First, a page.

Say Something Good — Reader Posts
I’m going to highlight two comments on the post Say Something Good.
First, Mayor Thane provides an overview of the marketing process (bolds are my highlights):
ZONE 5 – BRANDING AND MESSAGING STRATEGY
Brand Development, Positioning and Messaging
As we see it, there is a need to define the Amsterdam “brand”. Every business or organizational entity has a brand identity, and given the level of competition in today’s business environment, Amsterdam needs a point of differentiation that speaks to its strengths and assets, as well as builds upon the values of the city. The goal of a successful brand is to increase awareness among the city’s target audiences–prospective companies and individuals and referral sources. The development of the brand is therefore a key component in the creation of any marketing materials, and will become the foundation for all of Amsterdam’s future marketing and communication efforts.
Fast Track Input Sessions
We will begin by meeting with the city’s key team members to “fast‐track” their experience and knowledge in each of the city’s services and practice areas to obtain consensus on objectives and priorities. We will conduct a SWOT assessment (Strengths/Weaknesses/Opportunities/Threats) of the city, and determine the needs and wants of your various target audiences. The intersection of these concepts is the opportunity area for the city. From this foundation, we can begin to develop effective marketing and web messaging.
An important part in shaping a brand and developing effective marketing communications is to identify and understand the competition inhabiting the same market space we are trying to reach. We propose to audit competing regions/cities with the same services and sectors as Amsterdam to learn more about how they portray their own brands, learn about the business issues they’re addressing, and how they speak about themselves. This data will be critical for us as we work to differentiate your brand from its competitors.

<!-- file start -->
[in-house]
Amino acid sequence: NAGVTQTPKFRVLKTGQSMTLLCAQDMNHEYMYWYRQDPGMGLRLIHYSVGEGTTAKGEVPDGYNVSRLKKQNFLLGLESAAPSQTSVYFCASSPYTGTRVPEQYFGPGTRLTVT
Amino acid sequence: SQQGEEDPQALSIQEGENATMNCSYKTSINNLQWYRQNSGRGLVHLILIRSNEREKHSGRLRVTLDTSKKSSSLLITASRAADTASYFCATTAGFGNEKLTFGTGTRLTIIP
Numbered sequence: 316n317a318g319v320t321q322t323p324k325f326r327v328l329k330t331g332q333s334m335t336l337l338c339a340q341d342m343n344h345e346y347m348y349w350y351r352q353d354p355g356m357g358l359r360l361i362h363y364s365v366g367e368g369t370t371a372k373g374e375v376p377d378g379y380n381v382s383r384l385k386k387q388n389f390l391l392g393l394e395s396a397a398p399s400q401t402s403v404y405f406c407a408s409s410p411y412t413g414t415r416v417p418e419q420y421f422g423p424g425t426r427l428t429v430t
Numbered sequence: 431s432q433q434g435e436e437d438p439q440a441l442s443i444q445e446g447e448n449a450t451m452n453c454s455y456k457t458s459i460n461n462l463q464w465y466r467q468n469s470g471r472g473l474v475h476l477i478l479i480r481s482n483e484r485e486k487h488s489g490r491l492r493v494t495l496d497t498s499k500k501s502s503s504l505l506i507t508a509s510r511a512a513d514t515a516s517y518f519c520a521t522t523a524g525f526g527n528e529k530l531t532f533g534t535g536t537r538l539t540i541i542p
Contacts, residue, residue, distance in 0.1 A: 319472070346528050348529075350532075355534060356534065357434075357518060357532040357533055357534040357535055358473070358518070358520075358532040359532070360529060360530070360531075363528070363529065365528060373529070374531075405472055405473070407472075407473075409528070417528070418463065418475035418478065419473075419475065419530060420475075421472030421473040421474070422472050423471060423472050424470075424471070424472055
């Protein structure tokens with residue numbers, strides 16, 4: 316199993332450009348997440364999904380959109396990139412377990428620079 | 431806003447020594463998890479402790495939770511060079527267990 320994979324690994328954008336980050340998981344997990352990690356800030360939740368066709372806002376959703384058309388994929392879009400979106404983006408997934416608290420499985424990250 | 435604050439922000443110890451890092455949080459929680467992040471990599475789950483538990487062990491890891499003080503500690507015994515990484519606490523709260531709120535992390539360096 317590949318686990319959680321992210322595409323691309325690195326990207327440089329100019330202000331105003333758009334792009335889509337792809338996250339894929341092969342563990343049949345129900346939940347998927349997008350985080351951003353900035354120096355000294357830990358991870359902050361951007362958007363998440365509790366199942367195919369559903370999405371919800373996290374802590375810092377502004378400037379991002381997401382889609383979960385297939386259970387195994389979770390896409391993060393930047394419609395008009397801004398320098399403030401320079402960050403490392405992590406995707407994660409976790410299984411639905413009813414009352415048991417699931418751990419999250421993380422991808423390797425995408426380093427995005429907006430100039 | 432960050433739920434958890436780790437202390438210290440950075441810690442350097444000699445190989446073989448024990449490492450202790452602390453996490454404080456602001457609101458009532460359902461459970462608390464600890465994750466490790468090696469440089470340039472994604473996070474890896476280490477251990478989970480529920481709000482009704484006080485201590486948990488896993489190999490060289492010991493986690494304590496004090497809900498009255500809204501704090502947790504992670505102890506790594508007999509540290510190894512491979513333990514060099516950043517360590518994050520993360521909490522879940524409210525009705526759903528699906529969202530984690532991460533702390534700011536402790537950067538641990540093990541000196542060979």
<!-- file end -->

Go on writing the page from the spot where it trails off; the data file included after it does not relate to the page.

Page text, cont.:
With the results of the competitive audit in mind, we propose to conduct a branding exercise with key staff to uncover the brand “essence” of the city. For example, components that help make up Amsterdam’s brand essence include; the city’s culture, its approach to promoting itself and it’s value proposition to the prospective company or organization. From this exercise, we will develop statements that will position the city in each of its target markets. The branding exercise will focus our tactical thinking and ensure that all marketing materials and activities are consistent with the development of the brand as it relates to each industry sector, with the ultimate goal of promoting the city to prospective clients and the public.
Final deliverable is a brand and messaging guideline, including:
• Identification and prioritization of target audiences (prospective companies, residential prospects, the media, etc.)
• An understanding of their unique needs and wants
• Key, compelling messages for each
This phase will also provide a strong platform for the web development project, by efficiently informing navigation and structure as well as content.